71
seventh on the dominant and the minor third of the elevated
form on the keynote, is the smallest value of the whole tone
which occurs, the departure from E. T. of such a tone being
due to twenty-two fifths or about two commas ; and although
two chords, involving these notes in succession, may each be
perfectly harmonious, the sequence is generally offensive to
ears accustomed to the equal temperament.
Example.
3!*te2=
W.
Custom makes such passages sound effective, especially
when the succession is slow enough to enable the ear to
realise the fineness of the chords.
Major Third. — This interval has been already discussed ;
the note taken is that formed by eight fifths down.
Fourths and Fifths need no remark.
Depressed Form of the Dominant. — When the dominant is
used in such a combination as the following : —
U^
I
=F
it must be formed by eleven fifths down from the key-note,
unless we regard the key-note as changed for the moment, in
which case, by elevating the subdominant, we may retain the
fifth in its normal position. The most judicious course de-
pends on whether the fifth is" suspended or not. Thus, if the
fifth is suspended, we may write : —
^
J~J-j
^dE
f^-H-^
*j
For if the subdominant be f, its third must be \a, and its
sixth must be vd ; g then makes a fourth with \d, which is
73 POSITIVE SYSTEMS HAVING PERFECT
unbearable to the ear ; the fourth must be made correct, and
the ways of doing so are shown above. The difficulty may
be otherwise got over by writing the passage
1^
U^
s^
&c.
Minor Sixth. — This interval is pretty sharply defined. The
usual form is /a'', which is got by eight fifths up ; the key-
note forms an approximately perfect third with this note by
inversion.
Major Sixth (c— va). — This interval is, as a matter of fact,
more sharply defined than one would expect. This interval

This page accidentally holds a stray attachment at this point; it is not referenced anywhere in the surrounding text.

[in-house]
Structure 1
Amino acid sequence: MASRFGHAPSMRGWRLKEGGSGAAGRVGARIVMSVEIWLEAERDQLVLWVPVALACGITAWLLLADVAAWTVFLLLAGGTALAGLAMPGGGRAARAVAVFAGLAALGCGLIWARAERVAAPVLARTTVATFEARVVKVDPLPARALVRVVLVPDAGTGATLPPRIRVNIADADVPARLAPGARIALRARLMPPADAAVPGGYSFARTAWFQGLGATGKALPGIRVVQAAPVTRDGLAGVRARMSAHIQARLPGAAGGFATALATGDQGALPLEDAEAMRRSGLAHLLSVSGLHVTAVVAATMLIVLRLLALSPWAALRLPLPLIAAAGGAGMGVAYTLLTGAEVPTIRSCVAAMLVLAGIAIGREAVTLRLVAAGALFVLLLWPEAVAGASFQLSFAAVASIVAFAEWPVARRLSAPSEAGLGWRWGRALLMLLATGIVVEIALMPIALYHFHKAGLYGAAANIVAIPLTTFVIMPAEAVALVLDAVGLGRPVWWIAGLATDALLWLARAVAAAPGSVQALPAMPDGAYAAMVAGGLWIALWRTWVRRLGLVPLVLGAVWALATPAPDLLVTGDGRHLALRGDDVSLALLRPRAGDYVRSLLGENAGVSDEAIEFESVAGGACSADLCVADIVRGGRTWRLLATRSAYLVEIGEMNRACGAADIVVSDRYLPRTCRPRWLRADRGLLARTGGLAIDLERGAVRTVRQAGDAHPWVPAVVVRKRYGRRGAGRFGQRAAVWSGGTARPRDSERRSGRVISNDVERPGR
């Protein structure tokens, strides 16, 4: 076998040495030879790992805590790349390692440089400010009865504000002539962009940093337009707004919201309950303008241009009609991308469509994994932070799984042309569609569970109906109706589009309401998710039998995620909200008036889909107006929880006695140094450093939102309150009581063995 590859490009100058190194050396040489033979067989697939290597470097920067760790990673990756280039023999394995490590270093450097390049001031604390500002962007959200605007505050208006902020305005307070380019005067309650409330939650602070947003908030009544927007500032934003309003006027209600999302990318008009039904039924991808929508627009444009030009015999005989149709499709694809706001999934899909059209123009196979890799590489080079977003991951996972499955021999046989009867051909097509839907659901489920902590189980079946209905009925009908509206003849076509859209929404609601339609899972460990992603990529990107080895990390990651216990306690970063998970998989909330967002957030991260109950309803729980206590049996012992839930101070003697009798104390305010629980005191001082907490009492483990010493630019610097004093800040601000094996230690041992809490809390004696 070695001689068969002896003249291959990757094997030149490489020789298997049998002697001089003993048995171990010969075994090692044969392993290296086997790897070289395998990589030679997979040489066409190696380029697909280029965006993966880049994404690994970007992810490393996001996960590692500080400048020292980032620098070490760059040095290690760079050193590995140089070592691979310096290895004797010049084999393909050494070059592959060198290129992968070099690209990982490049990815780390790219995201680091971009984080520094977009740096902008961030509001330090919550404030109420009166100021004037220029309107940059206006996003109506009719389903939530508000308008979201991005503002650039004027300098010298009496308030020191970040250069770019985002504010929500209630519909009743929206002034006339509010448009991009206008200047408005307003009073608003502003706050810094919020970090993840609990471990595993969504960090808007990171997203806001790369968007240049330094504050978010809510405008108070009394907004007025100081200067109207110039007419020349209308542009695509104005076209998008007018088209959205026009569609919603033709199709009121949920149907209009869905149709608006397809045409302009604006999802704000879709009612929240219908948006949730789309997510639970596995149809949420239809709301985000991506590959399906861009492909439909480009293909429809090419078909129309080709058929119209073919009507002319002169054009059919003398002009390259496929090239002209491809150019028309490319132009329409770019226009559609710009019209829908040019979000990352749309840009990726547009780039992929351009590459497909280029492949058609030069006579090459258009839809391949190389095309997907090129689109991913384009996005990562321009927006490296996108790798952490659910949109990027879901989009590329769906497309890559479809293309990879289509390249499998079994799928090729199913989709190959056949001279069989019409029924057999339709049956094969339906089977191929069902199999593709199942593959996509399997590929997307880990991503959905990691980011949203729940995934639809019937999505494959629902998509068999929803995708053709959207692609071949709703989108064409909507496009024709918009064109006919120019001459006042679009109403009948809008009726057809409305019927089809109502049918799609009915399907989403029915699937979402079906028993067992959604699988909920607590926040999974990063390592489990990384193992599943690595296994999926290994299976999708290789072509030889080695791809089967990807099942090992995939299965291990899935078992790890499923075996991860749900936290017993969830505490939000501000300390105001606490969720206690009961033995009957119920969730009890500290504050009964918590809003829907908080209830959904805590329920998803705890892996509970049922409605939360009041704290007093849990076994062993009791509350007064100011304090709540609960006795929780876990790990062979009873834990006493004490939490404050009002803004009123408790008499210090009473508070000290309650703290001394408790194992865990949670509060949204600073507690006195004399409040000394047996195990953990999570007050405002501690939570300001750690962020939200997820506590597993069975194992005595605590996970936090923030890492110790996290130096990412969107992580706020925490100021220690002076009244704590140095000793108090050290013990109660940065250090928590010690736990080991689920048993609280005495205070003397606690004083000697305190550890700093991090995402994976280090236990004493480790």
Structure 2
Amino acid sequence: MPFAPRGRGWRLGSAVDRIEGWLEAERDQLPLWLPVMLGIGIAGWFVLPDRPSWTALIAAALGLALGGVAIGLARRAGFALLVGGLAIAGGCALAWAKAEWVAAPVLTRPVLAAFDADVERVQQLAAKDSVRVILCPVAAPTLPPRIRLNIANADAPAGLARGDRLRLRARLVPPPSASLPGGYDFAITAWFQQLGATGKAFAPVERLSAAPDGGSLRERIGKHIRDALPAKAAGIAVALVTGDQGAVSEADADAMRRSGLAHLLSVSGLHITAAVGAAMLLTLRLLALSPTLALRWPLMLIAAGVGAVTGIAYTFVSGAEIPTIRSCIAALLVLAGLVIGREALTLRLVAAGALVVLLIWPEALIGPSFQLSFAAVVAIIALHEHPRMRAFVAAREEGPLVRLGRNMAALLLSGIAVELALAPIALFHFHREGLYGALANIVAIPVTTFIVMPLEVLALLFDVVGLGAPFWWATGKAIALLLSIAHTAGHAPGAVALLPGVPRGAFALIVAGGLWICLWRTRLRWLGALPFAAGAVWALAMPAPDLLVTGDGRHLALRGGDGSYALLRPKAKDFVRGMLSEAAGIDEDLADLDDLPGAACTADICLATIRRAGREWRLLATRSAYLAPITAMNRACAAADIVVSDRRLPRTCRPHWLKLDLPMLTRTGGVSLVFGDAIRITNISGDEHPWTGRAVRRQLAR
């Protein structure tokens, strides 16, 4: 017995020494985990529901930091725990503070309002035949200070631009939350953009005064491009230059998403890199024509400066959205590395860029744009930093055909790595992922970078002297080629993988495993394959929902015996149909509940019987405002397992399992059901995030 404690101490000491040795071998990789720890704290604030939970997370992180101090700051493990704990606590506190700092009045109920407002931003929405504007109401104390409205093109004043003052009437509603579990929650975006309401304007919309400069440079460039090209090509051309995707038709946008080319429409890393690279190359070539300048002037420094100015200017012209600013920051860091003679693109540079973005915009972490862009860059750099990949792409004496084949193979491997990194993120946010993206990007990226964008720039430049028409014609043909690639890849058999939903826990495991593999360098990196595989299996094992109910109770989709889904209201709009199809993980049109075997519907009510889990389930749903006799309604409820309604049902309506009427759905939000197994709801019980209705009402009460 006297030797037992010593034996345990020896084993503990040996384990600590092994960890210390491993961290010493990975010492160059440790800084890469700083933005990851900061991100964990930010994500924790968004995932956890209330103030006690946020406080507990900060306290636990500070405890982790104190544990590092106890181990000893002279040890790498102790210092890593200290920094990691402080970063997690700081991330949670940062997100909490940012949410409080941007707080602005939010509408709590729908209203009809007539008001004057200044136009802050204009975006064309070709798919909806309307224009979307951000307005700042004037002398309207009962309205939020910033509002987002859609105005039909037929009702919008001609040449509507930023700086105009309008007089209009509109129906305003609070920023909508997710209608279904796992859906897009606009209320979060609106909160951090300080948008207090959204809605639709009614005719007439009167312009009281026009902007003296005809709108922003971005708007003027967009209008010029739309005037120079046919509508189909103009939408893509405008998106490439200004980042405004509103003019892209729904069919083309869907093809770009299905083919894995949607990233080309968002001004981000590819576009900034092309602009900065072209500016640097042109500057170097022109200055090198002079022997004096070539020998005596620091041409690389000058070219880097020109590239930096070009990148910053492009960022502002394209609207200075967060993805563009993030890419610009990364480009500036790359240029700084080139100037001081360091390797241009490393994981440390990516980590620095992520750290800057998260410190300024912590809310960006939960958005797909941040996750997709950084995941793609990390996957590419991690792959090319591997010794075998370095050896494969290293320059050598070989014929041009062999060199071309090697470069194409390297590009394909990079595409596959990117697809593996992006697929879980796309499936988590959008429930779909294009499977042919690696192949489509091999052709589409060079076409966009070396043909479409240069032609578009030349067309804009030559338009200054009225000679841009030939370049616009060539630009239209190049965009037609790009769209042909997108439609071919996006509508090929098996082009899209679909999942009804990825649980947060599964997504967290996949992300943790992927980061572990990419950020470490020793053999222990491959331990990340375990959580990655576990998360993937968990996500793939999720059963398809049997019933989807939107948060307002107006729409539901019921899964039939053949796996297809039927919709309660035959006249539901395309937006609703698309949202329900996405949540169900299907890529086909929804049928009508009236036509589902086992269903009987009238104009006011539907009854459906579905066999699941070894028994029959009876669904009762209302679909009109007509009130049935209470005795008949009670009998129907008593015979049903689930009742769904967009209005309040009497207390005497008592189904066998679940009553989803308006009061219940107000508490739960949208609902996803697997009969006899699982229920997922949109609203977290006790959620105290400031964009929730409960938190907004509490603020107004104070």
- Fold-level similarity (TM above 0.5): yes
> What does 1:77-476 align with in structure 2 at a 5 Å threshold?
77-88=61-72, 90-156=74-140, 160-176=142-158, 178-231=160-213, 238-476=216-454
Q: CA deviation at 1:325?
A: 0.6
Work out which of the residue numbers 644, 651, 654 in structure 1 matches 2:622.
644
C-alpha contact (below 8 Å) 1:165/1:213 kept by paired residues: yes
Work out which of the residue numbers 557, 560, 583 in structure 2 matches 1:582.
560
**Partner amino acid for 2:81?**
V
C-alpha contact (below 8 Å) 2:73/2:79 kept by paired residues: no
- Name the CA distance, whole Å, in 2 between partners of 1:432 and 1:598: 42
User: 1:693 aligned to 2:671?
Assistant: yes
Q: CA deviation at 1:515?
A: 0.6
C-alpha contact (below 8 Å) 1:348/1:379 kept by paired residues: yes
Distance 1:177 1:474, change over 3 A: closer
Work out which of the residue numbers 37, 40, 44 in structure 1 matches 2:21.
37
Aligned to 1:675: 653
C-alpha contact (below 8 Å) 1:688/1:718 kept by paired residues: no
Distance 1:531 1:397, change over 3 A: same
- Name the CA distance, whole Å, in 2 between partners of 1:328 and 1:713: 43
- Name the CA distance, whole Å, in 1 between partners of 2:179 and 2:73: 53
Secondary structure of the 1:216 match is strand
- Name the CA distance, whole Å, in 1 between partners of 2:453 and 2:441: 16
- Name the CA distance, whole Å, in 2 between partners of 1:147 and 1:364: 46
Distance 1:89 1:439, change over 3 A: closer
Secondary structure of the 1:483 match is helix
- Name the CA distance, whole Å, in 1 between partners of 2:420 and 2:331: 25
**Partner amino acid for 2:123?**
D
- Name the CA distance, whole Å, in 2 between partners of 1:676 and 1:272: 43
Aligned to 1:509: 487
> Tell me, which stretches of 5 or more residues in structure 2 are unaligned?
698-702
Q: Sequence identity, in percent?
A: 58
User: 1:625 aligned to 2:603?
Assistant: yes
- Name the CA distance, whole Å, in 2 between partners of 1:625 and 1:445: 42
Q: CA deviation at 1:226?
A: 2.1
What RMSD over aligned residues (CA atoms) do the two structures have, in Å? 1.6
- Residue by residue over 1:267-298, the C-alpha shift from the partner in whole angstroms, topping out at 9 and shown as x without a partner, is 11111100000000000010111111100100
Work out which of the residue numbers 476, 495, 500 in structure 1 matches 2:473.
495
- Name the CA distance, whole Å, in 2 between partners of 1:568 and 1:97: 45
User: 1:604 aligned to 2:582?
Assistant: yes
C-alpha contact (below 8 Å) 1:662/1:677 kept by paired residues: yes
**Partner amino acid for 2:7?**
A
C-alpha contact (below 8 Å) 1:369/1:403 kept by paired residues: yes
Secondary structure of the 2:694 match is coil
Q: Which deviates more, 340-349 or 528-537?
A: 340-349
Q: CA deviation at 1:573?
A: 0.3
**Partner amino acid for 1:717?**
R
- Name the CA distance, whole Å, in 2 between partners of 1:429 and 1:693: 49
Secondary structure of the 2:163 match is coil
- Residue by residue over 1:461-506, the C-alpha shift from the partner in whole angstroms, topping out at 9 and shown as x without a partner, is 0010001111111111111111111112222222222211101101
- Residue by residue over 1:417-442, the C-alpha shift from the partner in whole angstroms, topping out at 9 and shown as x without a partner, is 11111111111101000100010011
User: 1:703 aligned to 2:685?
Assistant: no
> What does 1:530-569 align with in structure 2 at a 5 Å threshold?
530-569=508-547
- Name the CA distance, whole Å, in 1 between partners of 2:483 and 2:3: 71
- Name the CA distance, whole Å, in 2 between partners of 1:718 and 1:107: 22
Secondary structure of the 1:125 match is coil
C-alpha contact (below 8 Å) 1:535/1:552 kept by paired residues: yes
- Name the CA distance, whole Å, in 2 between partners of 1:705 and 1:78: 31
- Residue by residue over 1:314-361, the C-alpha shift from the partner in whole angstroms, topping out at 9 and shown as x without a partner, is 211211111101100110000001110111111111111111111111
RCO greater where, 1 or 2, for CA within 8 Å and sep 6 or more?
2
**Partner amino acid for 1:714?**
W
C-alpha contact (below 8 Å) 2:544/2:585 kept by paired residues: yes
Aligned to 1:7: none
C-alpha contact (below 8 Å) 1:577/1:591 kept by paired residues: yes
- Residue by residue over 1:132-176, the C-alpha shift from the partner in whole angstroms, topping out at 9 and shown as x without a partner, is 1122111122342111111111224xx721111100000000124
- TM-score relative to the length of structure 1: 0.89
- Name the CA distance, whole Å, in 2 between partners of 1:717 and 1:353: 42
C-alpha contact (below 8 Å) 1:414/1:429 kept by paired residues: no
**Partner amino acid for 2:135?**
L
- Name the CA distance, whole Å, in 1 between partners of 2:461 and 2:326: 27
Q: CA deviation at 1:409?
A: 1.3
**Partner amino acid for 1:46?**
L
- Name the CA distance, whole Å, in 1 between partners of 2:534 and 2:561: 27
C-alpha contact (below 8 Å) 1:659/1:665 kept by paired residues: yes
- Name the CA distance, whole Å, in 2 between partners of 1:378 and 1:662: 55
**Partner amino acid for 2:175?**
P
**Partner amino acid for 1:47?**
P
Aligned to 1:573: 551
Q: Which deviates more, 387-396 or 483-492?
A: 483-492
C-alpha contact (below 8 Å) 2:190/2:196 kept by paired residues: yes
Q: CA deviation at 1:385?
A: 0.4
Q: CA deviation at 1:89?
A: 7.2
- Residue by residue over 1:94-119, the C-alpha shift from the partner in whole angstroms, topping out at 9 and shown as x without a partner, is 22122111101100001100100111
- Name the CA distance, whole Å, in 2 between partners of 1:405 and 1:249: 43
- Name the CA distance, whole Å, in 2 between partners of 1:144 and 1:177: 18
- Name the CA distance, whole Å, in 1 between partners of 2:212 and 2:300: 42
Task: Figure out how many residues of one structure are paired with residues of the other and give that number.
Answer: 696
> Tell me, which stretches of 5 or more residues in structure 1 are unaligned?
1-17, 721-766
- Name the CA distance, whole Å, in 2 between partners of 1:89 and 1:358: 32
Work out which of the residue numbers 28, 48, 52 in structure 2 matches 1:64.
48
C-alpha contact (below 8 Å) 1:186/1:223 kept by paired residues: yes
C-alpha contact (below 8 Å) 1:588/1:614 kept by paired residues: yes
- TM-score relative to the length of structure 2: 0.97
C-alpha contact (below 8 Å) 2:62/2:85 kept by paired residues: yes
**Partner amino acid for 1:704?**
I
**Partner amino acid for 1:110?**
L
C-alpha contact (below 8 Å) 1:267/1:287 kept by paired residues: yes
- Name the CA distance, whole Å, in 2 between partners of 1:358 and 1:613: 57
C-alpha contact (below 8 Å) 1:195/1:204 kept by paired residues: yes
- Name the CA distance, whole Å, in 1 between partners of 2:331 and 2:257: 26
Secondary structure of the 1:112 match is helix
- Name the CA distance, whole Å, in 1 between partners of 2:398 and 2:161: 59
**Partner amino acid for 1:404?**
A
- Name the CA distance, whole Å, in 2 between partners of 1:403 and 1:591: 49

must be kept strictly to its best value. The \a is got by nine
fifths down.
In chords formed of a succession of minor thirds, major
sixths frequently occur. Care must be taken to dispose them
so as to make this interval correct. If a deviation is neces-
sary, it is better, if possible, to extend the interval by an
octave; the resulting major thirteenth (3 : 10) is not very
.sensitive.
Minor Seventh. — There are three forms of the minor
seventh. To fundamental c these are are/b'', b'', and \b'' : —
/bl'; ten fifths up ; the minor third to the dominant.
h^ ; two fifths down ; the fourth to the subdominant.
xbt* ; fourteen fifths down ; approximation to the harmonic
or natural seventh.
Rule. — The natural or harmonic seventh on the dominant'
must not be suspended, so as to form a fourth with the key-
note.
Major Seventh. — There is only one form of major seventh
which can be used in harmony, viz. vb ; this note is got by
seven fifths down ; it forms a major third to the dominant.
In unaccompanied melody the form b produces a good effect.
This is got by five fifths up with perfect fifths. It forms
a dissonant or Pythagorean third to the dominant. The
OR APPROXIMATELY PERFECT FIFTHS. 73
resulting semitone is less than the E. T. semitone by nearly
— of a semitone.
An example of music written for positive systems is ap-
pended, p. IT-
The principal points in the harmony of these systems which
have struck the writer occur in the example. It is to be
specially noticed how certain forms of suspension have to be
avoided — partly because they produce dissonances, partly
because they occasion large displacements up and down the
keyboard. The result of the writer's practical experience is,
distinctly, that there are many passages in ordinary music
which cannot be adapted with good effect to positive systems ;
and that the rich and sweet masses of tone which characterise
these systems, with the delicate shades of intonation which
they have at command, ofifer to the composer a material
hitherto unworked. The character of music adapted for these
systems is that of simple harmony and slow movement ; it is
a waste of resources to attempt rapid music, for the excellence
of the harmonies cannot be heard. The mean-tone system is
more suitable for such purposes.
Some examples of the unsuitability of the positive systems
for ordinary music may be first instanced : —
(1) The opening bars of the first prelude of Bach's 48.
The second bar involves the depressed second (\d), and in
the third bar this changes to d ; the melodic effect is ex-